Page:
Voltage imaging is an evolving tool to continuously image neuronal activities for large number of neurons. Recently, a high-speed low-light two-photon voltage imaging framework was developed, which enabled kilohertz-scanning on population-level neurons in the awake behaving animal. However, with a high frame rate and a large field-of-view (FOV), shot noise dominates pixel-wise measurements and the neuronal signals are difficult to be identified in the single-frame raw measurement. Another issue is that although deep-learning-based methods has exhibited promising results in image denoising, the traditional supervised learning is not applicable to this problem as the lack of ground-truth “clean” (high SNR) measurements. To address these issues, we developed a self-supervised deep learning framework for voltage imaging denoising (DeepVID) without the need for any ground-truth data. Inspired by previous self-supervised algorithms, DeepVID infers the underlying fluorescence signal based on the independent temporal and spatial statistics of the measurement that is attributed to shot noise. DeepVID reduced the frame-to-frame variably of the image and achieved a 15-fold improvement in SNR when comparing denoised and raw image data.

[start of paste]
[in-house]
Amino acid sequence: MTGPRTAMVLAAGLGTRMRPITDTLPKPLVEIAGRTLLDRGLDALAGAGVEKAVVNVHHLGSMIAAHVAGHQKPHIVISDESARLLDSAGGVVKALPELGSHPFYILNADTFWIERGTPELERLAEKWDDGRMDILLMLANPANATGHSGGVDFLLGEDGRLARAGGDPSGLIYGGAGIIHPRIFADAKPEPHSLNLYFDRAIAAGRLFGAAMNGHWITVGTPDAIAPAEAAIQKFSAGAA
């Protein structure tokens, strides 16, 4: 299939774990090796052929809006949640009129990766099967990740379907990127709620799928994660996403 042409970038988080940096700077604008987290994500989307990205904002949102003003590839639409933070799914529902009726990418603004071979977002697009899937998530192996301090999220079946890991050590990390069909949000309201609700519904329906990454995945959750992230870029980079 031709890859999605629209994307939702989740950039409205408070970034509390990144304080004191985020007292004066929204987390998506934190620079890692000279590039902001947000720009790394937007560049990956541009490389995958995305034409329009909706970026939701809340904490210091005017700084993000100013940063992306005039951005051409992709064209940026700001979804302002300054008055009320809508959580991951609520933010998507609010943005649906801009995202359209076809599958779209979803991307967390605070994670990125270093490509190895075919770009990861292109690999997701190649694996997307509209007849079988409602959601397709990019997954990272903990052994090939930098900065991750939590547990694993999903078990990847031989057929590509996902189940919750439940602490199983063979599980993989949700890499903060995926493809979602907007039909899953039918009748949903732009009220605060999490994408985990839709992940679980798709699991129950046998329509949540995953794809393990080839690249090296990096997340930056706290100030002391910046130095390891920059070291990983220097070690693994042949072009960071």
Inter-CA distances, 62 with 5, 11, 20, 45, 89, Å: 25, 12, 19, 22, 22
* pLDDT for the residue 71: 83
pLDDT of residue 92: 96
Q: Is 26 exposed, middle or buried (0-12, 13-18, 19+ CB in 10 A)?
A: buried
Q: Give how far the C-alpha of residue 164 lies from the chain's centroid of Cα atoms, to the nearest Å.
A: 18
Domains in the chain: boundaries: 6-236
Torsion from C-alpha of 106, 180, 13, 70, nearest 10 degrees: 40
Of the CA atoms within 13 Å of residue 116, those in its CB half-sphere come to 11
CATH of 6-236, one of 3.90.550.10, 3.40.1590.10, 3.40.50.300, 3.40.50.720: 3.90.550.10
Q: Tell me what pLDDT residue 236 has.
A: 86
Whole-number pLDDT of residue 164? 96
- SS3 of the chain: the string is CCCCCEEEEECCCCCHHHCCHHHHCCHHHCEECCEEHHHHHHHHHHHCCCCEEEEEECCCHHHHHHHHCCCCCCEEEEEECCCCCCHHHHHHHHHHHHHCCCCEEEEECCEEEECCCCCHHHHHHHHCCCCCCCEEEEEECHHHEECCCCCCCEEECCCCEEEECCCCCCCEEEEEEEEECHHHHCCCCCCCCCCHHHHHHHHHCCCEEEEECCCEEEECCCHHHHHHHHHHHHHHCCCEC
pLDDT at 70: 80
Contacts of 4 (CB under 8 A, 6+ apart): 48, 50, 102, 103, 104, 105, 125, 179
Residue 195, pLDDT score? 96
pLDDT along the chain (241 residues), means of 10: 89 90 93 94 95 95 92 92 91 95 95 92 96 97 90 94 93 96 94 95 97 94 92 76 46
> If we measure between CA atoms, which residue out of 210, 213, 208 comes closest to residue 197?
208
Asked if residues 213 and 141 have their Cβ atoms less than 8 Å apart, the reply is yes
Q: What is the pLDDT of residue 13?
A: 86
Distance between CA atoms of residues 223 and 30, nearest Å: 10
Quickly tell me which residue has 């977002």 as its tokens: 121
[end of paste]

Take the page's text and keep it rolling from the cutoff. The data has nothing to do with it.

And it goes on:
Conventional microscopes are inherently constrained by its space-bandwidth product, which means compromises must be made to obtain either a low spatial resolution or a narrow field-of-view. Computational Miniature Mesoscope (CM2) is a novel fluorescence imaging device that overcomes this bottleneck by jointly designing the optics and algorithm. The CM2 platform achieves single-shot large-scale volumetric imaging with single cell resolution on a compact platform. Here, we demonstrate CM2 V2 – an advanced CM2 system that integrates novel hardware improvements and a new deep learning reconstruction framework. On the hardware side, the platform features a 3D-printed freeform illuminator that achieves ~80% excitation efficiency – a ~3X improvement over our V1 design, and a hybrid emission filter design that improves the measurement contrast by >5X. On the computational side, the new proposed computational pipeline, termed CM2Net, is fueled by simulated realistic field varying data to perform fast and reliable 3D reconstruction. As compared to the model-based deconvolution in our V1 system, CM2Net achieves ~8X better axial localization and ~1400X faster reconstruction speed. The trained CM2Net is validated by imaging phantom objects with embedded fluorescent particles. We experimentally demonstrate the CM2Net offers 6um lateral, and 24um axial resolution in a 7mm FOV and 800um depth range. We anticipate that this simple and low-cost computational miniature imaging system may be applied to a wide range of large-scale 3D fluorescence imaging and wearable in-vivo neural recordings on mice and other small animals.